Utilization of biomass charcoal briquette for tobacco flue-curing by mifei

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           Chief Science Research Specialist
      Ecosystems Research & Development Bureau
                    College, Laguna

1. To utilize abandoned biomass as charcoal
   briquettes to conserve the Philippine tropical
2. To replace fuelwood as source of fuel in curing
   tobacco in the Ilocos Region.
3. To avoid methane generation from decompo-
   sing cellulosic abandoned biomass.
4. To generate livelihood to alleviate poverty in
   urban and the countrysides at the same time
   mitigate CO2 emissions.
• Tobacco curing is a common practice in Region I (Ilocos
Region). Traditionally in the Philippines, there are two
methods of curing tobacco leaf: conventional flue-curing
and bulk curing. At present, the conventional flue-curing is
generally used.
• In flue-curing, wood is used by tobacco farmers in the
country. Due to rampant use of wood in the tobacco
industry, the forest in the region has been depleted.
•For every hectare of tobacco will require 25-28 cu.m of
fuelwood. For the 30,000 ha of tobacco farms in the region,
this will require 300,000 MT of fuelwood per cropping

• In the region, and elsewhere in the country,abandoned
biomass is abundant. When left to decompose, aside from
CO2, it will evolve methane – a more serious GHG. The
production of charcoal briquettes from abandoned biomass
will eliminate methane and produce a high heating and easy
to handle charcoal briquettes.
• The project calls for the replacement of fuelwood to
charcoal briquettes in tobacco flue-curing. This will conserve
the woodlands and forests to absorb CO2 at the same time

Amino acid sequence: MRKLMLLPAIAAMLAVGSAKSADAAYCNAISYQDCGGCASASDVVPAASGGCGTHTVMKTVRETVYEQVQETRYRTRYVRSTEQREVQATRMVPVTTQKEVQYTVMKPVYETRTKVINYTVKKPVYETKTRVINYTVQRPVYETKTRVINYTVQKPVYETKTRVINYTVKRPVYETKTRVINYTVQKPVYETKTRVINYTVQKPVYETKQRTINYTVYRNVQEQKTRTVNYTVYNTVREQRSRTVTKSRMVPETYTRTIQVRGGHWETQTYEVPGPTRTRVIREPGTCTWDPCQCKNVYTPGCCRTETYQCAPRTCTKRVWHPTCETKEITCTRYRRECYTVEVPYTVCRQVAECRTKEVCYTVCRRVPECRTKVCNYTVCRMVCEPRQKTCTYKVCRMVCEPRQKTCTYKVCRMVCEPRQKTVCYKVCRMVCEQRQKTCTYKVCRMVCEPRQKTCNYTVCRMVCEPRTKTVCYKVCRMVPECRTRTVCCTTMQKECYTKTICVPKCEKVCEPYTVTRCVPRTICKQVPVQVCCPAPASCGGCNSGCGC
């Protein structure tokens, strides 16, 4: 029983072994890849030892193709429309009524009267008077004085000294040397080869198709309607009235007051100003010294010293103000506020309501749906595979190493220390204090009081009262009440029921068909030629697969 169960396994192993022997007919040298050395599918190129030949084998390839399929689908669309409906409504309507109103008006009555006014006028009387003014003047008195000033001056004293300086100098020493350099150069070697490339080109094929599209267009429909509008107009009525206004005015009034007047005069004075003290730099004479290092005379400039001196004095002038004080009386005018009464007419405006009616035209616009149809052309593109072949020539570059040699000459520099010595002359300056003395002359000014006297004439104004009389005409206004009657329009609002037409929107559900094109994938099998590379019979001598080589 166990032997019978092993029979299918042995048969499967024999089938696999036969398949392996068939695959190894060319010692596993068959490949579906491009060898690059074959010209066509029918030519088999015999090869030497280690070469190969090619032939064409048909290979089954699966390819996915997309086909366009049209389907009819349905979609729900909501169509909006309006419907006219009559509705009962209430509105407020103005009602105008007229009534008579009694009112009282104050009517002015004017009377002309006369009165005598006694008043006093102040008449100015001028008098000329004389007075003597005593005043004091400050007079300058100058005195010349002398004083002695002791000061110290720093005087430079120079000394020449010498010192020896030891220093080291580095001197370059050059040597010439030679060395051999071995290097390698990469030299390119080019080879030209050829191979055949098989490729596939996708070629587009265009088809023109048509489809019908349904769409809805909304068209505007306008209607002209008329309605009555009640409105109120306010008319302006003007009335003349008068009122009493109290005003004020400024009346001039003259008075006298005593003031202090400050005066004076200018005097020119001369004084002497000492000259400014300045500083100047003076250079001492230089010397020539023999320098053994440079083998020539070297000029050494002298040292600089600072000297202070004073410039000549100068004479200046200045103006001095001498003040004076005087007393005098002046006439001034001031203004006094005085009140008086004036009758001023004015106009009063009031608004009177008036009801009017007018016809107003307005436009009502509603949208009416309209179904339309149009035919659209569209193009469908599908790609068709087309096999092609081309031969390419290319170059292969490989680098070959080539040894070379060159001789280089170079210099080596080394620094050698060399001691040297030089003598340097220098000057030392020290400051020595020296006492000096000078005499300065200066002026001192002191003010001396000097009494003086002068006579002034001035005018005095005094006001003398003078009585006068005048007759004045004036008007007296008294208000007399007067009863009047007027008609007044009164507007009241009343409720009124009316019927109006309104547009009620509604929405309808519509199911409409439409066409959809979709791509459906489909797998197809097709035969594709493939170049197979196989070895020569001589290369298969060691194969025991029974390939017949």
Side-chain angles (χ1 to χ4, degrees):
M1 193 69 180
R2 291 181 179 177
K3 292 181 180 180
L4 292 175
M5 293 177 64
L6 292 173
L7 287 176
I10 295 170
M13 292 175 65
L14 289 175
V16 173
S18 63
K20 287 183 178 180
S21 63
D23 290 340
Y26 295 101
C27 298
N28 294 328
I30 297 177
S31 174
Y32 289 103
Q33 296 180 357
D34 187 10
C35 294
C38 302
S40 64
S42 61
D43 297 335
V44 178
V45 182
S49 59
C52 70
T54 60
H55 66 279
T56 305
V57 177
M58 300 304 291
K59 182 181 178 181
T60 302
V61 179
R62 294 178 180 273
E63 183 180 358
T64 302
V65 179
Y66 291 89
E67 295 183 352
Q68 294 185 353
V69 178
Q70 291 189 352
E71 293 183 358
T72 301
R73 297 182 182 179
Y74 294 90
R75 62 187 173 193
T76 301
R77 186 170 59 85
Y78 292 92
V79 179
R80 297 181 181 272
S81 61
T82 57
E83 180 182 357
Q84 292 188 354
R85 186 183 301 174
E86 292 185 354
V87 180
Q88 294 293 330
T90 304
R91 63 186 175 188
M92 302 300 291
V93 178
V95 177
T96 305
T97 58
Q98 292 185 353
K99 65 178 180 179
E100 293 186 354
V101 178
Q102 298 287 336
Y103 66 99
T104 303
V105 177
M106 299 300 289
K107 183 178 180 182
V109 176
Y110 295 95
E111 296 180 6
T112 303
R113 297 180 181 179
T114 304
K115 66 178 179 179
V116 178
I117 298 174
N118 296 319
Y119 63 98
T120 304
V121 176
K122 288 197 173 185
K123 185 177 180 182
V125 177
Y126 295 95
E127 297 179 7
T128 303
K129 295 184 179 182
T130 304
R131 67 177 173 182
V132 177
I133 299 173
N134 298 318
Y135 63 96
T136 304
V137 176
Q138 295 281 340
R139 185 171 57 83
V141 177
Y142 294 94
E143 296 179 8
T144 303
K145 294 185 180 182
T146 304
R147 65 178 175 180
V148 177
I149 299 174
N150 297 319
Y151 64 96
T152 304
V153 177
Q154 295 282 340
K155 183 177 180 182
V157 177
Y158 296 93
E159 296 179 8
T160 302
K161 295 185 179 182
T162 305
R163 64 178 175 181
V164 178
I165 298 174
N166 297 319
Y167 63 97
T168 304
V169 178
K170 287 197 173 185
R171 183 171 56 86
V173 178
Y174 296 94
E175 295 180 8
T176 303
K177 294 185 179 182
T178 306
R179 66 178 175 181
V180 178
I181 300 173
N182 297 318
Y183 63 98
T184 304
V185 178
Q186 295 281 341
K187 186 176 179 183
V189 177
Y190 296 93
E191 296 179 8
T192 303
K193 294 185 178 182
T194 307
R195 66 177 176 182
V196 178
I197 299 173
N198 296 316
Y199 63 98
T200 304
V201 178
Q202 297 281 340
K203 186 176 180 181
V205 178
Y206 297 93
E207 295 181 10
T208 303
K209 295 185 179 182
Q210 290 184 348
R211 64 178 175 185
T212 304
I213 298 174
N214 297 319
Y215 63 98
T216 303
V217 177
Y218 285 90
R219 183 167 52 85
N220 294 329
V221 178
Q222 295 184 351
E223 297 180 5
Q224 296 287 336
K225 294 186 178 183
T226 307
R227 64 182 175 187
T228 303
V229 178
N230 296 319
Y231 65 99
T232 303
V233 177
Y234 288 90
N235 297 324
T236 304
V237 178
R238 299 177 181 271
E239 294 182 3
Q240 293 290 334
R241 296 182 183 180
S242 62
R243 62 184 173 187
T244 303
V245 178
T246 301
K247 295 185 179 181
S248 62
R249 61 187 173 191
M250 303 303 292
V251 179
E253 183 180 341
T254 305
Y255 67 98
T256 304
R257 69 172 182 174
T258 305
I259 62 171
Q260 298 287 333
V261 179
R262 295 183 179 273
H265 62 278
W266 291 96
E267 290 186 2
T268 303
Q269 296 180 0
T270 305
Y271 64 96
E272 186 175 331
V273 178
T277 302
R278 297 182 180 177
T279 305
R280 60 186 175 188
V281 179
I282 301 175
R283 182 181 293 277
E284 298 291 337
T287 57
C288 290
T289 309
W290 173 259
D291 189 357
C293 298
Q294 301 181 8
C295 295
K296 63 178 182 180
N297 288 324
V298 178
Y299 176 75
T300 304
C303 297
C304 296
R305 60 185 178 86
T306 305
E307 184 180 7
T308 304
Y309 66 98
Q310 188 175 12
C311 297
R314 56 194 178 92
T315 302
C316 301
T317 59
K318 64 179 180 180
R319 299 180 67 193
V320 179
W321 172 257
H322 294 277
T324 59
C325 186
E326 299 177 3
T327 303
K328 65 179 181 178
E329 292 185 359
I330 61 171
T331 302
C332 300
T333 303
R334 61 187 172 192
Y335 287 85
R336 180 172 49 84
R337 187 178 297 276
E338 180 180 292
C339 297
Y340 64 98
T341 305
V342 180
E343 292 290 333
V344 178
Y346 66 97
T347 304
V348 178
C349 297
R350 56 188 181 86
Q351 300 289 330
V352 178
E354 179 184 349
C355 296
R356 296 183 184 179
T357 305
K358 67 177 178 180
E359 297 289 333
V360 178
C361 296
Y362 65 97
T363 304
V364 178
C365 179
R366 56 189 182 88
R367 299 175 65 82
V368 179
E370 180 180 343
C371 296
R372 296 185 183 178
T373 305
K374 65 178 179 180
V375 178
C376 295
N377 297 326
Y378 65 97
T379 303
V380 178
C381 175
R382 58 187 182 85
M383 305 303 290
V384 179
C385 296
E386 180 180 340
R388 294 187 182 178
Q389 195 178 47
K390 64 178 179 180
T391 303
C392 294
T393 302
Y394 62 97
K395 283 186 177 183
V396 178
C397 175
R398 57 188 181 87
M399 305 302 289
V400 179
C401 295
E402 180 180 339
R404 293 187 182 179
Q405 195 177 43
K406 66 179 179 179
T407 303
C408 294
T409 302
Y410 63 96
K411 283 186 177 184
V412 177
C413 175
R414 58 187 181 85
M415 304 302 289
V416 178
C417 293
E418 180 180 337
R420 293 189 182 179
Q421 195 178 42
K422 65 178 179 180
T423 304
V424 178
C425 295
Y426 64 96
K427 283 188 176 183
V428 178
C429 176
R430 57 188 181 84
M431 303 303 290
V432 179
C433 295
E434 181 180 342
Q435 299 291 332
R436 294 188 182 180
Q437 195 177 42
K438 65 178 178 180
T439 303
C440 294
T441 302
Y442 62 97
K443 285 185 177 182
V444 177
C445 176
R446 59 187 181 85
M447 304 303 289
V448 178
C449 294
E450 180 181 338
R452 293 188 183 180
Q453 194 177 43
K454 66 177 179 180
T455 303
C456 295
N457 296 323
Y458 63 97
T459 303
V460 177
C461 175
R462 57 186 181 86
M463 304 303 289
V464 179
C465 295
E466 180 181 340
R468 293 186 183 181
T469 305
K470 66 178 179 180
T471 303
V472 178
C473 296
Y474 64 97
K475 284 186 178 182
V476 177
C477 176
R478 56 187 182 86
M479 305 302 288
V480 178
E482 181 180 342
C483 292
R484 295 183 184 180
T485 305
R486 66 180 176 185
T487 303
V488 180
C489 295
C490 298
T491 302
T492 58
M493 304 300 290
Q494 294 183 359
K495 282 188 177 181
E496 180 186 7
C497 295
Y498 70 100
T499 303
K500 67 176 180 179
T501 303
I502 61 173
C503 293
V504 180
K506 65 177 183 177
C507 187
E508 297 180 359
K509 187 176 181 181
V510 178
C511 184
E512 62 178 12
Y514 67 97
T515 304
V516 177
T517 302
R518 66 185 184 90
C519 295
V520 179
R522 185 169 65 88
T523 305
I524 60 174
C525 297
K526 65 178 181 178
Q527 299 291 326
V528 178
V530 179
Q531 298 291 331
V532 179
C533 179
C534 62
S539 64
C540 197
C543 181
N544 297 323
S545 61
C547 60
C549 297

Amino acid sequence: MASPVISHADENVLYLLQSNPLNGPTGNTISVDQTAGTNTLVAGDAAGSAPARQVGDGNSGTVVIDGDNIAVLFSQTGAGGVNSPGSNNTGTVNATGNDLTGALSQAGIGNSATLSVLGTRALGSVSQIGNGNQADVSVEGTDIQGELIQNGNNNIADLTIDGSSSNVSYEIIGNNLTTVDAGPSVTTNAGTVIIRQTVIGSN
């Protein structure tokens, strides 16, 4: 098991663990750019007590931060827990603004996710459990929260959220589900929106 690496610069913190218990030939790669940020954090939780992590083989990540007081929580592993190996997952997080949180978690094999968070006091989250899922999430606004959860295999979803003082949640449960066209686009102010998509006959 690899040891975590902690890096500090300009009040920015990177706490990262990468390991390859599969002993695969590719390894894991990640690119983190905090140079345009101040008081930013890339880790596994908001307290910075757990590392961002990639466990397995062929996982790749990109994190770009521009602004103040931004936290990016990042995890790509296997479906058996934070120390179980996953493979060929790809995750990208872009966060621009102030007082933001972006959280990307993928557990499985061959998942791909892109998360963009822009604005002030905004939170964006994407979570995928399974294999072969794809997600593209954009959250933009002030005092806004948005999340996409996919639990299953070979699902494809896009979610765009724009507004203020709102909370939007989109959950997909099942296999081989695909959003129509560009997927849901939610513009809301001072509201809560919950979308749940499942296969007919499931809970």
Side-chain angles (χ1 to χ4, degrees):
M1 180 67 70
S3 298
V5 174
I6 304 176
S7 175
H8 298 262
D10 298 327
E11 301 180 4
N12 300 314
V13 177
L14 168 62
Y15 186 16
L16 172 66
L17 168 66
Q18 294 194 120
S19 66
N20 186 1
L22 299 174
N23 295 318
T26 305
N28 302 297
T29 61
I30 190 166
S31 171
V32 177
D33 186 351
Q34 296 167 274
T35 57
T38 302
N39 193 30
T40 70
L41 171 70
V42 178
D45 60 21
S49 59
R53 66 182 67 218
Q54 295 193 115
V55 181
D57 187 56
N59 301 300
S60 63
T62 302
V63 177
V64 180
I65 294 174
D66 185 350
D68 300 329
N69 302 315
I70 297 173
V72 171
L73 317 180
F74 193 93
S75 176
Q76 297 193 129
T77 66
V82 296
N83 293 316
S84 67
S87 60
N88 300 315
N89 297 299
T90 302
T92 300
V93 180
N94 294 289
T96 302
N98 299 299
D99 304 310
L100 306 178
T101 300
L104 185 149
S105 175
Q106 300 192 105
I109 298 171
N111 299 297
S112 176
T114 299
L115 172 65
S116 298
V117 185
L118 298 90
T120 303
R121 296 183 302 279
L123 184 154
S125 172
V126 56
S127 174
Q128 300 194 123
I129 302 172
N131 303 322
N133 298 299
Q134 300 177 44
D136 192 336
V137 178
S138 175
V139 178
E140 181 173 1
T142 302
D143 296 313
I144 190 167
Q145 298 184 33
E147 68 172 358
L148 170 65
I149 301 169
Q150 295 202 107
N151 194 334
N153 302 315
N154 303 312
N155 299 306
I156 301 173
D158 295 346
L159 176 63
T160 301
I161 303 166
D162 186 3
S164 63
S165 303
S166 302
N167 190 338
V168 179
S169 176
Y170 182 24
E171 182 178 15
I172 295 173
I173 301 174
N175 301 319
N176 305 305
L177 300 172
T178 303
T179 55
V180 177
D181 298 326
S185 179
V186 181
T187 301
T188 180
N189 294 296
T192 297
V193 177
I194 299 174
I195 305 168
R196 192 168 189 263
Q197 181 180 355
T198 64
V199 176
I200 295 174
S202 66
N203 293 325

utilize abandoned biomass which has the potential of
producing methane in the decomposition process.

• The charcoal briquetting activity will also generate
livelihood and alleviate poverty to thousands of Filipinos
in the urban and rural areas utilizing abandoned biomass.
• For every ton of abandoned biomass charcoal briquette,
about 88 trees with a diameter of about 10 cm is saved
from fuelwood cutting and charcoal making. The
conserved trees will in turn serve as carbon sink.
• If water hyacinth briquettes is used, the farmer will have
a valuable ash residue – fertilizer.
Charcoal briquettes from abandoned/waste
cellulosic biomass will be used to replace the
fuelwood that will be used in flue-curing of tobacco
in the Ilocos Region. Converting wastes to
briquettes will not only make waste materials into
good use but will also control methane generation
from decomposing biomass by flaring it during the
carbonization process.
                PROJECT DEVELOPER
Name of the Project developer: Ecosystems
     Research and Development Bureau (ERDB)
Organizational category: Government Research &
     Development Agency under the Department of
     Environment and Natural Resources (DENR)
Other function(s) of the project developer in the
project: Intermediary and/or Technical advisor Both
Summary of the relevant experience of the project
developer : The project developer has been promoting
utilization of abandoned biomass & water hyacinth in the form
of charcoal briquettes since 1999 to reduce cutting trees, hence,
reduction in CO2 and methane emissions to the atmosphere.
Address: College, Laguna, 4031, Philippines
Contact Person: Dir. Celso P. Diaz and
                Engr. Santiago Baconguis
Tel. No./fax No. : 63-49-536-2269/
E-mail and web address, if any:
Name of the project sponsor: Department of
       Environment and Natural Resources
Organizational category:          Government
Address (include web address if any): DENR
Visayas Avenue, Diliman, Quezon City
Main Activities: Promotion in the conservation
and protection of environment & natural resources
          Summary of the Financials